Opponents of a plan to build a new youth jail in Baltimore City are getting some high-powered help.

BALTIMORE - Opponents of a plan to build a new youth jail in Baltimore City are getting some high-powered help.

The Rev. Jesse Jackson came to Baltimore to speak out against the project Thursday night.

Activists say the city needs more money for recreation programs and to provide jobs -- not for a new youth jail.

Hundreds chanted "Reallocate, recreate!" at a rally inside the War Memorial Building.

They say money the state plans to use to build a new youth detention facility would better spent on programs that might keep young people out of jail.

"The money that is being used to build a youth jail could be used in a way better way, and that's to bring opportunity to Baltimore City, for the youth of Baltimore," said Samara Johnson, one of the organizers of the event.

Rev. Jackson says he met with Governor O'Malley earlier Thursday.  Then he addressed the crowd.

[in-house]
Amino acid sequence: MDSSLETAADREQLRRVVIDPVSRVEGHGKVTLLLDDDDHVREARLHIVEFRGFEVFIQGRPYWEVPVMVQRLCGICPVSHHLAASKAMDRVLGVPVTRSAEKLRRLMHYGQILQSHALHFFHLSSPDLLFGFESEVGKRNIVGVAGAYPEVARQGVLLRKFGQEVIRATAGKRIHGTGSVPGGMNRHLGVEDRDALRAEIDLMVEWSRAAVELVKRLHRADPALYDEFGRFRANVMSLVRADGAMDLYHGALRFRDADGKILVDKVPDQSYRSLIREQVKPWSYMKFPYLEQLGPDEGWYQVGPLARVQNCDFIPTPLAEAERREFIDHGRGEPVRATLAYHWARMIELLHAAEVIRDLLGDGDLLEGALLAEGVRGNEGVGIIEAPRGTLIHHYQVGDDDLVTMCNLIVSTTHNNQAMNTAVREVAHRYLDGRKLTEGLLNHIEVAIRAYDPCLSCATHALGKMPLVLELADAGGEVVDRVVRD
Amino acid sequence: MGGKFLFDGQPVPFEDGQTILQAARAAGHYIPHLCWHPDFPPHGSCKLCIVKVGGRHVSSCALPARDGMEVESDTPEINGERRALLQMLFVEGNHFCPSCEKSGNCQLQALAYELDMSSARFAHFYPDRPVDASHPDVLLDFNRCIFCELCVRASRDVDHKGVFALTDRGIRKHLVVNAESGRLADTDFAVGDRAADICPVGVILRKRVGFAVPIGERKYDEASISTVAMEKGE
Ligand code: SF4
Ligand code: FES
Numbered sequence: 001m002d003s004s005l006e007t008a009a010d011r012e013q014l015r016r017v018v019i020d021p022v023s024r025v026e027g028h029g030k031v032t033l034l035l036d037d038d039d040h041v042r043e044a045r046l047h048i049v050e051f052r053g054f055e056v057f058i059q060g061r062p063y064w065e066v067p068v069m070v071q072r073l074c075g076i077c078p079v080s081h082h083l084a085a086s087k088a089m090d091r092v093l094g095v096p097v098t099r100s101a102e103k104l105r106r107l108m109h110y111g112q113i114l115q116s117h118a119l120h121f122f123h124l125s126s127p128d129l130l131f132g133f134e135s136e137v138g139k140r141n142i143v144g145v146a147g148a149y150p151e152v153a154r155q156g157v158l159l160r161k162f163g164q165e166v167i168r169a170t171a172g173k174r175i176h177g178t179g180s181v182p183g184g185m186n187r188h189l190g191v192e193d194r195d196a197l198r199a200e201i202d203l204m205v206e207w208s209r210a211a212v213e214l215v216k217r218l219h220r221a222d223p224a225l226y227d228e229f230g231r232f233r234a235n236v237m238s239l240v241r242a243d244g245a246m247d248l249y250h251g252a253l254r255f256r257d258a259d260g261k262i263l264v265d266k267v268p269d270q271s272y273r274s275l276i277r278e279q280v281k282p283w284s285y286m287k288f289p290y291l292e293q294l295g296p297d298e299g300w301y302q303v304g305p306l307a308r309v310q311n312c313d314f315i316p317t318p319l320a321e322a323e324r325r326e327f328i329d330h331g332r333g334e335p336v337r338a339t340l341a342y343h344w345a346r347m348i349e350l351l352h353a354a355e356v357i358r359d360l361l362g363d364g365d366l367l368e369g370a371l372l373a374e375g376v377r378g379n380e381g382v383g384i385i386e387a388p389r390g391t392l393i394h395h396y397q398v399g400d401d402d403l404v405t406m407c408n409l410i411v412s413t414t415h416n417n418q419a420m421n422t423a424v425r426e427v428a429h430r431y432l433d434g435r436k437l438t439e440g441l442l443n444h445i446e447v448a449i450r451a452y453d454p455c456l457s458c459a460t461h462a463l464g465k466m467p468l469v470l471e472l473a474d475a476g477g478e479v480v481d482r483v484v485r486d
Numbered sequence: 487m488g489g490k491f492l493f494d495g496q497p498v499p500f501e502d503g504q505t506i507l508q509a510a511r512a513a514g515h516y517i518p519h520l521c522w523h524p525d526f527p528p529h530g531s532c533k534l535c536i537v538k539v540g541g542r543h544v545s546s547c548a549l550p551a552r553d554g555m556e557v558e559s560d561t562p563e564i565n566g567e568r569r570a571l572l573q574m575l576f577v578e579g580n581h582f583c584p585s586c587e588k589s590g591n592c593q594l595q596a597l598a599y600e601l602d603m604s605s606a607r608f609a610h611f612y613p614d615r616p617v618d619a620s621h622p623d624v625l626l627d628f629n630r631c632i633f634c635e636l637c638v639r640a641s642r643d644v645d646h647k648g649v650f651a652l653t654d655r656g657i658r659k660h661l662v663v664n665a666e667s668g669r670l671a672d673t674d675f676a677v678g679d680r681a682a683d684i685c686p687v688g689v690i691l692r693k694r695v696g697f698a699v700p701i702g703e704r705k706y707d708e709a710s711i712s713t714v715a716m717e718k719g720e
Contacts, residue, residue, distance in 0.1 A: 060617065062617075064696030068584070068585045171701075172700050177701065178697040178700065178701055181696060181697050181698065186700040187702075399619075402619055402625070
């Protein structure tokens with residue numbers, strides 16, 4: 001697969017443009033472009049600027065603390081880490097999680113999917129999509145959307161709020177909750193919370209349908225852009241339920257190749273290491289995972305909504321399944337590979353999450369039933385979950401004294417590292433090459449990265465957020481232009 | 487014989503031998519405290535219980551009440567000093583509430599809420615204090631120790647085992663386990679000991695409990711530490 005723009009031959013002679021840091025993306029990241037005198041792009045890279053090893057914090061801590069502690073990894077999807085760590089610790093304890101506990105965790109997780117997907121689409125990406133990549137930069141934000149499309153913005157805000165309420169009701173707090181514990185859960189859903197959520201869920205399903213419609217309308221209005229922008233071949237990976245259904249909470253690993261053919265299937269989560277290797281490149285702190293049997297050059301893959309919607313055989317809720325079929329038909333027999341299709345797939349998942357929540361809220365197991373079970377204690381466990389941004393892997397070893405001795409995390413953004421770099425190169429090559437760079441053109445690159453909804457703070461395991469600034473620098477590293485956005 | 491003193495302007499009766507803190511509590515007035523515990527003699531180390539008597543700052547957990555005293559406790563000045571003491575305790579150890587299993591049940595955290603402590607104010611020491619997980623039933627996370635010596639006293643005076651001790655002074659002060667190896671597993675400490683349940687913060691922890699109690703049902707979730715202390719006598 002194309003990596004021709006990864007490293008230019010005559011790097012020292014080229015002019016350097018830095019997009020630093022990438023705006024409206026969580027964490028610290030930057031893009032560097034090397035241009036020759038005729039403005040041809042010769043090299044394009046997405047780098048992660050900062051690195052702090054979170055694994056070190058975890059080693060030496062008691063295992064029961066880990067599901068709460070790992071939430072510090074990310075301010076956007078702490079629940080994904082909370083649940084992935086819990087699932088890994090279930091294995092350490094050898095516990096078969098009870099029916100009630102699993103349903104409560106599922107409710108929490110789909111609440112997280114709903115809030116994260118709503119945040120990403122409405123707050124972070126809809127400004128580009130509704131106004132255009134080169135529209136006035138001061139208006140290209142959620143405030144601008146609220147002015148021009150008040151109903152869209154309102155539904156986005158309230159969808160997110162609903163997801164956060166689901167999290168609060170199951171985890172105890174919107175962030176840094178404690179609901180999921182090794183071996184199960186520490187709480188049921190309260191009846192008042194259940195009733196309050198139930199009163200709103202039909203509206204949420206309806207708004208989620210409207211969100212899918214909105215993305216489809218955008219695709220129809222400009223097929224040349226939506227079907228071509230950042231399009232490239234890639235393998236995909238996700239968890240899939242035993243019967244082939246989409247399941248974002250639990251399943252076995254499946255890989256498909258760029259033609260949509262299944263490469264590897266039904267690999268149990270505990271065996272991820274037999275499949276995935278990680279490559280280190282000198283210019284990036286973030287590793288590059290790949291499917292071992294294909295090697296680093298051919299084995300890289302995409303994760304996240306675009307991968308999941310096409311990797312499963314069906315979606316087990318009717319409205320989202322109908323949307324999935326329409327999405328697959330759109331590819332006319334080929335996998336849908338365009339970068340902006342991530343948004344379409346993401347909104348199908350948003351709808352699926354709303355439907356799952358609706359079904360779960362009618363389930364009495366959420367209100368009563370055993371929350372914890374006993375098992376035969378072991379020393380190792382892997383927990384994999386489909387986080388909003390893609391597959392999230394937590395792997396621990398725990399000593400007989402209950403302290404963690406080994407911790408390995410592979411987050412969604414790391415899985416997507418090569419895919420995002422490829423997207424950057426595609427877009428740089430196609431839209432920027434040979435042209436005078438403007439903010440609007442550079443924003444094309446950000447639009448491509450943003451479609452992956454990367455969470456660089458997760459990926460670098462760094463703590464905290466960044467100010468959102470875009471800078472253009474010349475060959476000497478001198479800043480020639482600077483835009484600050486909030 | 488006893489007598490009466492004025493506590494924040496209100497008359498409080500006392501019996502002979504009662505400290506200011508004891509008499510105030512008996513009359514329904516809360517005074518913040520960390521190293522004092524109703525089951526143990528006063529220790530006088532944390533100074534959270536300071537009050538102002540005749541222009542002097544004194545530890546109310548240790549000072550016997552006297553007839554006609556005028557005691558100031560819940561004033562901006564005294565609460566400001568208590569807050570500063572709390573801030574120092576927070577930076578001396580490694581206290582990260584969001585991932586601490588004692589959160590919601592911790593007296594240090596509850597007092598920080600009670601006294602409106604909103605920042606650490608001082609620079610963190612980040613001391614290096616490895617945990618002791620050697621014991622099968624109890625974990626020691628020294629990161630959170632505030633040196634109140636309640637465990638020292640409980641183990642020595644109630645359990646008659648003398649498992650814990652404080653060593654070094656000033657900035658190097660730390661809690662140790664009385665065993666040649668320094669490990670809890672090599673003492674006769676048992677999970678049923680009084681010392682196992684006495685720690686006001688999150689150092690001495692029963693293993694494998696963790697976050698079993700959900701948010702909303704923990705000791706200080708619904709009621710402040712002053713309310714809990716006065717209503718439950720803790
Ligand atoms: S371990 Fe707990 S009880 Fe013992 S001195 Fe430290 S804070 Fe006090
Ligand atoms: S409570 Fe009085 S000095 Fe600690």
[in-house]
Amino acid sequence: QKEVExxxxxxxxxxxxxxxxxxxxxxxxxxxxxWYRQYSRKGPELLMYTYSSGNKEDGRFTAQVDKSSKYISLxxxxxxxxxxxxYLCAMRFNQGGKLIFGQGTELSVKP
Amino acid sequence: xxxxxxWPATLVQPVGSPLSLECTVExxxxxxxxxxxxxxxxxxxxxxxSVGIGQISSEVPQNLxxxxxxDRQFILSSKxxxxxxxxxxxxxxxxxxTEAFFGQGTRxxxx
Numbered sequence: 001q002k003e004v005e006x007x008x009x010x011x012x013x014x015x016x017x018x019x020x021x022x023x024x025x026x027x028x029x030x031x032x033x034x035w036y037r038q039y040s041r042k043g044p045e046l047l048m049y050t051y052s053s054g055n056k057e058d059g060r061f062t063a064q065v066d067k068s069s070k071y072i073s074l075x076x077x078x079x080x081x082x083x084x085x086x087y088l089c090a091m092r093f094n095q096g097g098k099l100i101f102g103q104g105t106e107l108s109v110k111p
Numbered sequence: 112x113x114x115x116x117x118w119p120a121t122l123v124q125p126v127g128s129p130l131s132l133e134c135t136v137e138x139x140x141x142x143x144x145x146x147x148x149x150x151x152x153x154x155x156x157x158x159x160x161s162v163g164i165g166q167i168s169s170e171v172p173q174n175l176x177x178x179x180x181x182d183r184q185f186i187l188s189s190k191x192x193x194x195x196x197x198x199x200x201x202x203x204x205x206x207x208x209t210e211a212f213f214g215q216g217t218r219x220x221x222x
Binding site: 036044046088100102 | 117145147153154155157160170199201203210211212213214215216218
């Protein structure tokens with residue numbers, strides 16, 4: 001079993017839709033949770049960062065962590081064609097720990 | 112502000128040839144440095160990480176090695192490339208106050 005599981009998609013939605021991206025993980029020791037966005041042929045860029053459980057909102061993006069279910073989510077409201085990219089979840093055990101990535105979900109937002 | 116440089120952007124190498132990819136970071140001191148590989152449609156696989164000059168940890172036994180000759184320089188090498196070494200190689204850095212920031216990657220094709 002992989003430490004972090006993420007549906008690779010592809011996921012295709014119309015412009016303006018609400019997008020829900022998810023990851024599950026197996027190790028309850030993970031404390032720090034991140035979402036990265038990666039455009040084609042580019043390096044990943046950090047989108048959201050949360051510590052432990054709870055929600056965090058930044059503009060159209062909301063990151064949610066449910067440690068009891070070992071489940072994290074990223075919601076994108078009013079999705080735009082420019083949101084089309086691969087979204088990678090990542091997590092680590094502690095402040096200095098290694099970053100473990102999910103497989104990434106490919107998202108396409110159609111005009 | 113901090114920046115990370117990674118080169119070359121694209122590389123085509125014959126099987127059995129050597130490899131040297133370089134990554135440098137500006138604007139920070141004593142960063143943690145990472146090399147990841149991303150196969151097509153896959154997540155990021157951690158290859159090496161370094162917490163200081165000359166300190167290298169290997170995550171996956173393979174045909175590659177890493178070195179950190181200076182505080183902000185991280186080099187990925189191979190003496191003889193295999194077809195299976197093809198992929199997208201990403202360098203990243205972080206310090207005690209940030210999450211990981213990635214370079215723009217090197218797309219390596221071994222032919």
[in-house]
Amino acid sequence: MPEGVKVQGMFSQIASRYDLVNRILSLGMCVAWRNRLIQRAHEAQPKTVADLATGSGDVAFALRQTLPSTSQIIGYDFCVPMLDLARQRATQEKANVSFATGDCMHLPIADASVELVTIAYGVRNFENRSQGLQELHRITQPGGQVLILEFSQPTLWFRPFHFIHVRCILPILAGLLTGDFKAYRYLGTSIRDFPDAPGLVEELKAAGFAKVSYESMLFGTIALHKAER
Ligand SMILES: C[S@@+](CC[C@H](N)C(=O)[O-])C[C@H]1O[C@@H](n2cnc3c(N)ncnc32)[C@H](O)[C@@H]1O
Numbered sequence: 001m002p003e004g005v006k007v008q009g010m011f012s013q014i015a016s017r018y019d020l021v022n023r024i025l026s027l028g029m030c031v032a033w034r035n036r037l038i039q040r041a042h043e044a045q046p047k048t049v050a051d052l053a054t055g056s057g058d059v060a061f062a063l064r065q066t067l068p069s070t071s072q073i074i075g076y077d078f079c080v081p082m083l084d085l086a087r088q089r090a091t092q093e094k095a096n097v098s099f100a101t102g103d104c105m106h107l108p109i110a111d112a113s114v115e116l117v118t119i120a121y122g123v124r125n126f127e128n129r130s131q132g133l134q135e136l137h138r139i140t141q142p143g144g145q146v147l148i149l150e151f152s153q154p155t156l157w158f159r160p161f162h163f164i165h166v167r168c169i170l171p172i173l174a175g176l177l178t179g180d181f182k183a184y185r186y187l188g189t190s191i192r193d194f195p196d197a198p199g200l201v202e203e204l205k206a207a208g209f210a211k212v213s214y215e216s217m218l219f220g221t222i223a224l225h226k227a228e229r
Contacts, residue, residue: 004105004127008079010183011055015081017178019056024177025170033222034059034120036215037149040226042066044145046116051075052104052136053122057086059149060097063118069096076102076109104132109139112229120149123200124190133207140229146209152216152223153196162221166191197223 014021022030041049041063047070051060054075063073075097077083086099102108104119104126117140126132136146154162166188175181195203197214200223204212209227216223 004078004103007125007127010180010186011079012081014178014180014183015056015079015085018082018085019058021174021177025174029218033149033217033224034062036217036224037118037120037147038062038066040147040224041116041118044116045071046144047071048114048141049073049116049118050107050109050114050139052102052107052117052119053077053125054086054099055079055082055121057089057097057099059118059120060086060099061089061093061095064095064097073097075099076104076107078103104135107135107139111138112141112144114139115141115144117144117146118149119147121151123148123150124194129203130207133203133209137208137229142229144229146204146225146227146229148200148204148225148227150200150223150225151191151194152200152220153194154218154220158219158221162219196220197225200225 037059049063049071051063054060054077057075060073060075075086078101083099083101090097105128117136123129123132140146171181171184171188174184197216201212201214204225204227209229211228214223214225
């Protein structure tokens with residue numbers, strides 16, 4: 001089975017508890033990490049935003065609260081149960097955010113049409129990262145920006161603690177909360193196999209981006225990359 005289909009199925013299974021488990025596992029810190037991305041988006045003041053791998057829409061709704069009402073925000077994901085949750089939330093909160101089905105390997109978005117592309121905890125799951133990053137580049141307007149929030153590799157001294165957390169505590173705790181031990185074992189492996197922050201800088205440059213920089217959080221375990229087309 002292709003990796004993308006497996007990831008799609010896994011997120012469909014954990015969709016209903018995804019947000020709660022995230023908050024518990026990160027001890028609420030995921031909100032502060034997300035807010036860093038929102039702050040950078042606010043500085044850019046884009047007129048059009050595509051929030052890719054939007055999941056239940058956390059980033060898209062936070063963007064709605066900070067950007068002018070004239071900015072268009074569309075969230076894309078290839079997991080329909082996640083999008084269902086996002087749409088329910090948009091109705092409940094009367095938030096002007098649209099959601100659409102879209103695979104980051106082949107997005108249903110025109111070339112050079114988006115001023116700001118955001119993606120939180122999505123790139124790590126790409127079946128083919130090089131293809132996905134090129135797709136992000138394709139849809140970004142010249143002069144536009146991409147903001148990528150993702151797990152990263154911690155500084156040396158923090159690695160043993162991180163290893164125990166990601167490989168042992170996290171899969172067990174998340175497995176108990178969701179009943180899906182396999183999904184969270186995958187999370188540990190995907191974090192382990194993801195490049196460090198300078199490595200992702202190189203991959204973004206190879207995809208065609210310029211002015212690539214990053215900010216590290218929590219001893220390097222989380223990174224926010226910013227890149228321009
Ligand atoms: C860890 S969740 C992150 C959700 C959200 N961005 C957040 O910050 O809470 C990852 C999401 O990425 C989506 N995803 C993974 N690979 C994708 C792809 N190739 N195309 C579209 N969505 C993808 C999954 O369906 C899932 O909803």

"Not construct a detention center, reconstruct 10,000 houses. Let the people go to work," he said.

The governor and other leaders say the current facility, on Gay Street, is too small and poorly designed -- leading to dangerous conditions for the youths detained there and for the staff.

The new $80-million facility would be built on what's now a parking lot near Central Booking.  Rev. Jackson says a new jail is not the answer.  "We must find jobs doing real work, not detaining people unnecessarily," he said.

Especially, he says, when for many city youths a trip to the detention center is anything but a deterrent to future crime.

"This jail becomes a hotel.  A homeless shelter. And we should not let people find a comfort zone in detention," he said.

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